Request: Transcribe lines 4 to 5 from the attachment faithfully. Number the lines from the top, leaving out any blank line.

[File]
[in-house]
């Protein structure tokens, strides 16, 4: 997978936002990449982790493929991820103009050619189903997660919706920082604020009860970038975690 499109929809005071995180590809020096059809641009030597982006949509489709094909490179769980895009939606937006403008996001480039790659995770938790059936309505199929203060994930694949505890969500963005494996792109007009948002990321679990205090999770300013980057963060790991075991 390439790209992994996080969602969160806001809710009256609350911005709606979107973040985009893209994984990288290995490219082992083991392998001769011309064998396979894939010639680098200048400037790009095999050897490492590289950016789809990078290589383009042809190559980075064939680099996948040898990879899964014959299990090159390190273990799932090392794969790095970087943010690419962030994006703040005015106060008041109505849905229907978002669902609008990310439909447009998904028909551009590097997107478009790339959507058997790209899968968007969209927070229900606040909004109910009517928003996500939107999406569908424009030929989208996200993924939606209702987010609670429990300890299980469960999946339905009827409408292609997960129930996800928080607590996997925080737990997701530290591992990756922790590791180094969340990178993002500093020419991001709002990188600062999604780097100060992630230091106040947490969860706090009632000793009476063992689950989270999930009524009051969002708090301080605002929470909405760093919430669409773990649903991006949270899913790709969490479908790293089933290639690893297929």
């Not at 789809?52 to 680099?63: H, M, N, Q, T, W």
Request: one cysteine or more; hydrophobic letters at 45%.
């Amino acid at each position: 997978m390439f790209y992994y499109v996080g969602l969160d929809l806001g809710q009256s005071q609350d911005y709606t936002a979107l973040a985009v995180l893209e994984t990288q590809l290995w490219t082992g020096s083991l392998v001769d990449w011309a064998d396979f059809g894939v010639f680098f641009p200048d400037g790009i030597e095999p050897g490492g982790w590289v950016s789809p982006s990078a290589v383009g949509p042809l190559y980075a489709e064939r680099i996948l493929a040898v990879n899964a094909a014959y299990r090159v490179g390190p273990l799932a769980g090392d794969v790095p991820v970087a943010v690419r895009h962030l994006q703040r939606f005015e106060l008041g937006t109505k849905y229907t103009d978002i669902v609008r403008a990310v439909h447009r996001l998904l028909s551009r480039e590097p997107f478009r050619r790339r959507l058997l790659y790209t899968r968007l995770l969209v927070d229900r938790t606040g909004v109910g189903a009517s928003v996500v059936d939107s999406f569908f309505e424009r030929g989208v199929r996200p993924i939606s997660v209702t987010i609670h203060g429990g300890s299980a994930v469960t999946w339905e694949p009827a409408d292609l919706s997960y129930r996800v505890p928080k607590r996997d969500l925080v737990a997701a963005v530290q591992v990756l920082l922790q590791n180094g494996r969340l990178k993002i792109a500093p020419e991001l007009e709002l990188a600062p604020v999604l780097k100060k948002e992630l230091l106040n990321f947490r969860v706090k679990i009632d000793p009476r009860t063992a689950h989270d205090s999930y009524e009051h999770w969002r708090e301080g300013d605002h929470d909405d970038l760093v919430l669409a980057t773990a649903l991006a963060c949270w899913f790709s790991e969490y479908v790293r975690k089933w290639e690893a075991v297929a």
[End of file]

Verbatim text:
Request: one cysteine or more; hydrophobic letters at 45%.
């Amino acid at each position: 997978m390439f790209y992994y499109v996080g969602l969160d929809l806001g809710q009256s005071q609350d911005y709606t936002a979107l973040a985009v995180l893209e994984t990288q590809l290995w490219t082992g020096s083991l392998v001769d990449w011309a064998d396979f059809g894939v010639f680098f641009p200048d400037g790009i030597e095999p050897g490492g982790w590289v950016s789809p982006s990078a290589v383009g949509p042809l190559y980075a489709e064939r680099i996948l493929a040898v990879n899964a094909a014959y299990r090159v490179g390190p273990l799932a769980g090392d794969v790095p991820v970087a943010v690419r895009h962030l994006q703040r939606f005015e106060l008041g937006t109505k849905y229907t103009d978002i669902v609008r403008a990310v439909h447009r996001l998904l028909s551009r480039e590097p997107f478009r050619r790339r959507l058997l790659y790209t899968r968007l995770l969209v927070d229900r938790t606040g909004v109910g189903a009517s928003v996500v059936d939107s999406f569908f309505e424009r030929g989208v199929r996200p993924i939606s997660v209702t987010i609670h203060g429990g300890s299980a994930v469960t999946w339905e694949p009827a409408d292609l919706s997960y129930r996800v505890p928080k607590r996997d969500l925080v737990a997701a963005v530290q591992v990756l920082l922790q590791n180094g494996r969340l990178k993002i792109a500093p020419e991001l007009e709002l990188a600062p604020v999604l780097k100060k948002e992630l230091l106040n990321f947490r969860v706090k679990i009632d000793p009476r009860t063992a689950h989270d205090s999930y009524e009051h999770w969002r708090e301080g300013d605002h929470d909405d970038l760093v919430l669409a980057t773990a649903l991006a963060c949270w899913f790709s790991e969490y479908v790293r975690k089933w290639e690893a075991v297929a």